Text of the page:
Risk Management Basics

- Derivatives Basics
- Put-Call Parity
- Forwards vs Futures
- Spot Rate
- Forward Rate Formula
- Cash Settlement vs Physical Settlement
- Backwardation vs Contango
- Residual Risk
- Best Futures Books
- Futures vs Options
- What are Options in Finance?
- Exercise Price (Strike Price)
- In the Money
- Options Trading Strategies
- Call Options vs Put Options
- Options vs Warrants
- Writing Call Options
- Writing Put Options
- Gamma of an Option
- Hedging
- Options Trading Books
- International Option Exchanges
- Interest Rate Derivatives
- Interest Rate Swap
- Swap Rate
- Random vs Systematic ErrorÂ
- Equity Strategies
- Swaps in Finance
- Embedded Derivatives
- Commodity Derivatives
- Commodity Risk Management
- Managed Futures Strategy
- Top 7 Best Books on Derivatives
- Structured Finance Jobs
- Commodities Trading Books
- Best Commodities Books

- Fixed Income
- Equity Research vs Credit Research - Know the difference!
- Credit Analysis | What Credit Analyst Look for? 5 C's | Ratios
- Yield Curve Slope, Theory, Charts, Analysis (Complete Guide)
- Bond Pricing
- Coupon Bond
- Coupon Bond Formula
- Zero Coupon Bond
- Duration Formula
- Coupon Rate Formula
- Carrying Value of Bond
- Sinking Fund Formula
- Coupon Rate of a Bond
- Convertible Securities
- What are Treasury Bills?
- Repurchase Agreement
- Treasury Bills vs Bonds
- Coupon vs Yield
- Coupon Rate vs Interest Rate
- Credit Rating Process | A Complete Beginner's Guide
- Asset Backed Securities (RMBS, CMBS, CDOs)
- Loss Given Default - LGD | Examples, Formula, Calculation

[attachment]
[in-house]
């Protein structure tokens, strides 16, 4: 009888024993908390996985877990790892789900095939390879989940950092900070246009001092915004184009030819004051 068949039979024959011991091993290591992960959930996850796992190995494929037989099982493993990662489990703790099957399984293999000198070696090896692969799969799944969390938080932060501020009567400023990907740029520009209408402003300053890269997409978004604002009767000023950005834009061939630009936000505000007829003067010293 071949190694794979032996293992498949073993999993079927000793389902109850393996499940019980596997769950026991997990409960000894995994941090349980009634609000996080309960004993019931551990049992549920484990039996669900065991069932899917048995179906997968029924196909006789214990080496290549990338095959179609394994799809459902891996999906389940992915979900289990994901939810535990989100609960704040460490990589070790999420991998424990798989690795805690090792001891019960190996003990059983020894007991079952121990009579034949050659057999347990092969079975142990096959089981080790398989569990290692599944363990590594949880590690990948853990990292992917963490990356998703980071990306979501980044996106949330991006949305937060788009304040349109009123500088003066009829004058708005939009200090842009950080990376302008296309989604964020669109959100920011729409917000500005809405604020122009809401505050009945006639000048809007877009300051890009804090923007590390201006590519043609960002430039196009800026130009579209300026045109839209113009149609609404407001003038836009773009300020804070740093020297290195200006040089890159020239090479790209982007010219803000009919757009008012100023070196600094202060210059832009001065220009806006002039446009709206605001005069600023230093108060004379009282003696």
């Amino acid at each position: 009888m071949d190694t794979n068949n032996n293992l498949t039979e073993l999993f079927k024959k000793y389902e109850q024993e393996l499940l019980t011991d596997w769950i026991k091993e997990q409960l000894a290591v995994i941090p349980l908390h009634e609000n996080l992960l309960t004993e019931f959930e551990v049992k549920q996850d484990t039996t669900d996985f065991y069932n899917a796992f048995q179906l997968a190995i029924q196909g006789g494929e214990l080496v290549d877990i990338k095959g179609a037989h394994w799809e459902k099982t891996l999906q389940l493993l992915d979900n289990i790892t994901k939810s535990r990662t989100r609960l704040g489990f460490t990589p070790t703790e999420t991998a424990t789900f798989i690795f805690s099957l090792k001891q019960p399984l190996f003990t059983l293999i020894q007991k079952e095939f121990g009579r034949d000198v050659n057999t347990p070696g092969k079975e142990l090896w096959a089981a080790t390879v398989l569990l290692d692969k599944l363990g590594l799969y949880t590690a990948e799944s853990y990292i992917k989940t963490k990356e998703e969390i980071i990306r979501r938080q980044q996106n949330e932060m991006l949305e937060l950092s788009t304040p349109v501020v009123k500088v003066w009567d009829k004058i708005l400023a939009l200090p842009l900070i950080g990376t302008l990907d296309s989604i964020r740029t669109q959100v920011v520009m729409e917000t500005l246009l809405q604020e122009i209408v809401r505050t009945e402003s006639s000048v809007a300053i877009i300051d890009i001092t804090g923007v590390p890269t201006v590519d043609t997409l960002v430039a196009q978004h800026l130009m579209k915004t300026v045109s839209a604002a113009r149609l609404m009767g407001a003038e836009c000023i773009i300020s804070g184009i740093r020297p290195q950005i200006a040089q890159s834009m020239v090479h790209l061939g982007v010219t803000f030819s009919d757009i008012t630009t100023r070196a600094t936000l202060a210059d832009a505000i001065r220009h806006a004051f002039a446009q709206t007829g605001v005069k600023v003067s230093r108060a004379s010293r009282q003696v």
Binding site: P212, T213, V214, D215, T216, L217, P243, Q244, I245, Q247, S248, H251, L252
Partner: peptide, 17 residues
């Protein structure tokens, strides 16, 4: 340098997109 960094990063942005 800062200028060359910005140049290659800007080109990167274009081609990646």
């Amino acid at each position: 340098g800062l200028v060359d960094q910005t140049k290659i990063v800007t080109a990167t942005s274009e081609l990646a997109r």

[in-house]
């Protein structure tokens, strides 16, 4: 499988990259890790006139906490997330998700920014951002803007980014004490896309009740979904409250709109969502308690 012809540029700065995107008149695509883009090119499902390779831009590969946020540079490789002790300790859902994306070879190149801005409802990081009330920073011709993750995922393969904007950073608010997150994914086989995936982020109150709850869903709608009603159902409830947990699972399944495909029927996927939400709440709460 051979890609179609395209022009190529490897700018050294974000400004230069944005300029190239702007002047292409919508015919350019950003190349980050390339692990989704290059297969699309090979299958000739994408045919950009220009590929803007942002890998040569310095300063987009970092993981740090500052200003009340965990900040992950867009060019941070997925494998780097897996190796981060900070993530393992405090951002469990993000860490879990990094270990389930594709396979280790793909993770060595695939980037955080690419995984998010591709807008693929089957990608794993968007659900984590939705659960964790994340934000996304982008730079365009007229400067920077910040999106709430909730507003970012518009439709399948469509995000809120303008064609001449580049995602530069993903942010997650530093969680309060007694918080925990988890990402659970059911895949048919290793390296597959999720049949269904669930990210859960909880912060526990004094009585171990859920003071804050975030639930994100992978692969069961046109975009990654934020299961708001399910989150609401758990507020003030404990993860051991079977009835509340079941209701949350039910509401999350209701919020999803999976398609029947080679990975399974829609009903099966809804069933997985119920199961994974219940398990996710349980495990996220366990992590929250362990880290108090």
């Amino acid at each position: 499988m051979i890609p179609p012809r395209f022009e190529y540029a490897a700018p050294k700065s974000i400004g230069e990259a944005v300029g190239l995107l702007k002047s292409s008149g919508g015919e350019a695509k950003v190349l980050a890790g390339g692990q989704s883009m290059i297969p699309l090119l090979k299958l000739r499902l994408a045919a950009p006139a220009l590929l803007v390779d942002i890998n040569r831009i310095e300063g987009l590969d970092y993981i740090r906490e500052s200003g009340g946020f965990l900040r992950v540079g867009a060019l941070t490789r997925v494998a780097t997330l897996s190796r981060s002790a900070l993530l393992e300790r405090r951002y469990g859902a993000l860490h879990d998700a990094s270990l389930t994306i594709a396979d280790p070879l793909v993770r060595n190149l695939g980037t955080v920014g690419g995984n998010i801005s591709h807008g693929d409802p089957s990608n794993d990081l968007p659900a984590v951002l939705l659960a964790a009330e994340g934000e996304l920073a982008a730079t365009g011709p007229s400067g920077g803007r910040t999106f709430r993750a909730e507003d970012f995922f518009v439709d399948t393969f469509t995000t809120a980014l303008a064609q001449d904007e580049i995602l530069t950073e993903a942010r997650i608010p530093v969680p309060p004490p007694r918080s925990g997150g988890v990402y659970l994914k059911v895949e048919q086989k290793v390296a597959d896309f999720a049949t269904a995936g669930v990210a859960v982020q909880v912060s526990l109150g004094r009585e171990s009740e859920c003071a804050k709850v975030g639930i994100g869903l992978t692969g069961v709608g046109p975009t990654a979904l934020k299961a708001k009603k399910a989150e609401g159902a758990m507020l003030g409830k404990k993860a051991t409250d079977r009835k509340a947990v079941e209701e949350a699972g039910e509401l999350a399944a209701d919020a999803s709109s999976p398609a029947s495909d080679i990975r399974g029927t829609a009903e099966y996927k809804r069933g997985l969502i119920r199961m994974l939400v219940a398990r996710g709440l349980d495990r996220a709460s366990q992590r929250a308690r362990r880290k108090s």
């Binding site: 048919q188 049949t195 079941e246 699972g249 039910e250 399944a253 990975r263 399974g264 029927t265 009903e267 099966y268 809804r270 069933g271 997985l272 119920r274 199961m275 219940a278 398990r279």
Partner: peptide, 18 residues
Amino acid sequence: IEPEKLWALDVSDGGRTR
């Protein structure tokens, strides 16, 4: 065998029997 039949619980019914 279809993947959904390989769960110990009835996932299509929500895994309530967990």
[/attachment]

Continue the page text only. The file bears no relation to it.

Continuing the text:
- Top 7 Best Fixed Income Books
- ABS and MBS Index | Complete Beginner's Guide
- Top 10 Best Treasury Management Book
- Top 10 Best Credit Research Books
- Convexity of a Bond | Formula | Duration | Calculation
- Payment in Kind Bond | PIK Definition | Interest | Example
- Subordination Debt | Meaning | Example | Types | Risks
- Top 10 Best Books - Bonds Market, Bond Trading, Bond Investing
- Bonds vs Debentures
- Secured vs Unsecured Loan
- Bills of Exchange vs Promissory Note
- Bills of Exchange | Meaning | Examples | Top Features
- Promissory Notes
- Secured Loans
- Unsecured Loans
- Bonds
- Hypothecation
- Subordinated Debt
- Fallen Angel
- Bond Equivalent Yield Formula
- Junior Tranche
- Credit Analyst Interview Questions and Answers
- Debt Covenants | Bond Covenant Examples | Positive & Negative
- Credit Analyst Career
- Negative Covenants (Restrictive)
- Sinking Fund
- Bond Sinking Fund
- Negotiable Instruments
- Credit Spread
- Bond Pricing Formula

- Risk Management Careers
- Complete Beginner's Guide to CRM Exam
- How to Become a Quantitative Financial Analyst
- Risk Management Certifications and Salary
- Financial Engineering Career Guide: Program, Jobs, Salary
- Quantitative Analyst Salary | Skills | Trends | Top Employers
- Certificate in Quantitative Finance (CQF) Exam Guide